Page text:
We can break cycles like this in our lives only by resisting the temptation to sin. CYCLE OF EVENTS
|SIN||2:11–13||The Israelites turn to Baal worship and immorality.|
|SERVITUDE||2:14–15||Foreign nations defeat, oppress Israel.|
|SUPPLICATION||2:15||Under oppression Israel confesses sin, prays.|
|SALVATION||2:16||God raised up judges to deliver His people.|
|SILENCE||2:18||During his life the judge keeps Israel more or less faithful to the Lord.|
Growing the Next Generation (Jdg. 2)
Ever run into one of those sayings designed to make parents feel guilty? Like, “As the twig is bent, so grows the tree”? Or, “The apple never falls far from the tree”? Personally, I don’t buy the implication. Each person is responsible for his or her own choices. I can’t take credit for the godly choices my grown-up children make. And I’m not responsible for their wrong or foolish choices either. But this passage, like so many in these early books of the Old Testament, makes it clear that each generation does influence the next. Here the text tells us that “after that whole generation [which had fought with Joshua for Canaan] had been gathered to their fathers, another generation grew up, who knew neither the Lord nor what He had done for Israel” (v. 10). Somehow a whole generation had failed to communicate the reality of its experience with God to the next. If you wonder why they failed, the answer is right there in chapter 1 of this Old Testament book. After Joshua’s death, only Judah exhibited trust in God and took on the Canaanite enemy. The others hesitated, fearfully. And when, by sheer force of growing numbers, they overawed the Canaanites, rather than drive them out the Israelites enslaved them. The parents failed to trust God. They disobeyed God. And their children “knew neither the Lord nor what He had done for Israel.” You and I can’t guarantee that our children will know the Lord or live for Him. But if we trust God enough to act on His Word, if we are obedient in our daily lives, our children will never be able to say of God, “I didn’t know Him.” The reality of who God is is displayed in the faith moms and dads put into practice, and in their obedience to His Word.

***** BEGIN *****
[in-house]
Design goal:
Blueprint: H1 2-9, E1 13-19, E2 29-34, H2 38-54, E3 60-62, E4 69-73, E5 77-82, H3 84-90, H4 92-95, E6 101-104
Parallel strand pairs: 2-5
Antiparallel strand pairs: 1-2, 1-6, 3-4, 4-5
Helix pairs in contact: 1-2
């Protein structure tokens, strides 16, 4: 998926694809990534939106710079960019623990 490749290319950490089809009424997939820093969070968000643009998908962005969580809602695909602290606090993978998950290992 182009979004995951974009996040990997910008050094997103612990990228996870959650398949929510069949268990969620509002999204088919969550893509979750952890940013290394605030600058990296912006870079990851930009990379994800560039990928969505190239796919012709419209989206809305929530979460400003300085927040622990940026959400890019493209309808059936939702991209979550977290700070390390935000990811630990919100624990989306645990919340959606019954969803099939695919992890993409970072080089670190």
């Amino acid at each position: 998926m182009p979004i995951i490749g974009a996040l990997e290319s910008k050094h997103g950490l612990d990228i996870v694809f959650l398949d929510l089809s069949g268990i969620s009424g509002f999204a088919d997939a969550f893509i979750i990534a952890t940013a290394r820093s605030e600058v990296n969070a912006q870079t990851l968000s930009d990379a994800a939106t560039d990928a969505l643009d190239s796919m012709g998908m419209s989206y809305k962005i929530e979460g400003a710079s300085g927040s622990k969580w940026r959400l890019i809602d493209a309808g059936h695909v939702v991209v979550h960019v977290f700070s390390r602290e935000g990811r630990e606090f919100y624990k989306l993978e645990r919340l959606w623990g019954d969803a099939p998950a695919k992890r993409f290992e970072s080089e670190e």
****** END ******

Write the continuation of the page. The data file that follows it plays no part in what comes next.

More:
There’s nothing more important we can do for our children than love, trust, and obey the Lord.